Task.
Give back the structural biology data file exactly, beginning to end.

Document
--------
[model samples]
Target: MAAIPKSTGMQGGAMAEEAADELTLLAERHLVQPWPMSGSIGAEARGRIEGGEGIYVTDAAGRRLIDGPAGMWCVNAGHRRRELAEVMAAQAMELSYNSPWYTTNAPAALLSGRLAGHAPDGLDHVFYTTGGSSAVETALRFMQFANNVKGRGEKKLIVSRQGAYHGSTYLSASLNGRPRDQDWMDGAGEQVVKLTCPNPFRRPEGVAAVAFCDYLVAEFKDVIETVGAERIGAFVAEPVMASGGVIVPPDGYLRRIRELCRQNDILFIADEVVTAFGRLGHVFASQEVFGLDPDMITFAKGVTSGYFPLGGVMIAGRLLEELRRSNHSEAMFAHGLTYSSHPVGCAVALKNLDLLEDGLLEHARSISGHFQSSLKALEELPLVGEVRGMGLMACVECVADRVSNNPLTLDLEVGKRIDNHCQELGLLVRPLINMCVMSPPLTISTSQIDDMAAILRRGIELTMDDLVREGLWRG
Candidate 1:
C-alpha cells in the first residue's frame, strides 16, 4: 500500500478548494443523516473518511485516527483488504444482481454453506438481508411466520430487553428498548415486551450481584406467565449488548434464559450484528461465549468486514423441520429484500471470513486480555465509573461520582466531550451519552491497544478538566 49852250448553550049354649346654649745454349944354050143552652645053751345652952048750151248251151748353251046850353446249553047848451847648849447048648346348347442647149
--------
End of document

[model samples]
Target: MAAIPKSTGMQGGAMAEEAADELTLLAERHLVQPWPMSGSIGAEARGRIEGGEGIYVTDAAGRRLIDGPAGMWCVNAGHRRRELAEVMAAQAMELSYNSPWYTTNAPAALLSGRLAGHAPDGLDHVFYTTGGSSAVETALRFMQFANNVKGRGEKKLIVSRQGAYHGSTYLSASLNGRPRDQDWMDGAGEQVVKLTCPNPFRRPEGVAAVAFCDYLVAEFKDVIETVGAERIGAFVAEPVMASGGVIVPPDGYLRRIRELCRQNDILFIADEVVTAFGRLGHVFASQEVFGLDPDMITFAKGVTSGYFPLGGVMIAGRLLEELRRSNHSEAMFAHGLTYSSHPVGCAVALKNLDLLEDGLLEHARSISGHFQSSLKALEELPLVGEVRGMGLMACVECVADRVSNNPLTLDLEVGKRIDNHCQELGLLVRPLINMCVMSPPLTISTSQIDDMAAILRRGIELTMDDLVREGLWRG
Candidate 1:
C-alpha cells in the first residue's frame, strides 16, 4: 500500500478548494443523516473518511485516527483488504444482481454453506438481508411466520430487553428498548415486551450481584406467565449488548434464559450484528461465549468486514423441520429484500471470513486480555465509573461520582466531550451519552491497544478538566 49852250448553550049354649346654649745454349944354050143552652645053751345652952048750151248251151748353251046850353446249553047848451847648849447048648346348347442647149